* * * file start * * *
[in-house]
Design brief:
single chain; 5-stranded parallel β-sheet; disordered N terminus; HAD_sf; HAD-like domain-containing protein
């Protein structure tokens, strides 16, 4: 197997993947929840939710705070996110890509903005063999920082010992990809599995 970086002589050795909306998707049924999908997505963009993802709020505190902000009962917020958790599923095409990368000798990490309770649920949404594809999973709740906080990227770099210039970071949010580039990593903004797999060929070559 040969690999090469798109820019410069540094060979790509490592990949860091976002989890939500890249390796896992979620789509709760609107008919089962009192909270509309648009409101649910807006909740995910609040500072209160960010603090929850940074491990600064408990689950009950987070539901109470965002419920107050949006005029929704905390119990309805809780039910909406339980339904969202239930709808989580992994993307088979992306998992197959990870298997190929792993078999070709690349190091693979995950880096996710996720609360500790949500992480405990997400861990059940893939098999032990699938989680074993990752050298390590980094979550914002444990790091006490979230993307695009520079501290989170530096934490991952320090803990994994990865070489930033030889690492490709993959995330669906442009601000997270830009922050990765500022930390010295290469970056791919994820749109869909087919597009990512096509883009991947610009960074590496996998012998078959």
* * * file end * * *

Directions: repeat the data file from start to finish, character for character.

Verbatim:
[in-house]
Design brief:
single chain; 5-stranded parallel β-sheet; disordered N terminus; HAD_sf; HAD-like domain-containing protein
């Protein structure tokens, strides 16, 4: 197997993947929840939710705070996110890509903005063999920082010992990809599995 970086002589050795909306998707049924999908997505963009993802709020505190902000009962917020958790599923095409990368000798990490309770649920949404594809999973709740906080990227770099210039970071949010580039990593903004797999060929070559 040969690999090469798109820019410069540094060979790509490592990949860091976002989890939500890249390796896992979620789509709760609107008919089962009192909270509309648009409101649910807006909740995910609040500072209160960010603090929850940074491990600064408990689950009950987070539901109470965002419920107050949006005029929704905390119990309805809780039910909406339980339904969202239930709808989580992994993307088979992306998992197959990870298997190929792993078999070709690349190091693979995950880096996710996720609360500790949500992480405990997400861990059940893939098999032990699938989680074993990752050298390590980094979550914002444990790091006490979230993307695009520079501290989170530096934490991952320090803990994994990865070489930033030889690492490709993959995330669906442009601000997270830009922050990765500022930390010295290469970056791919994820749109869909087919597009990512096509883009991947610009960074590496996998012998078959």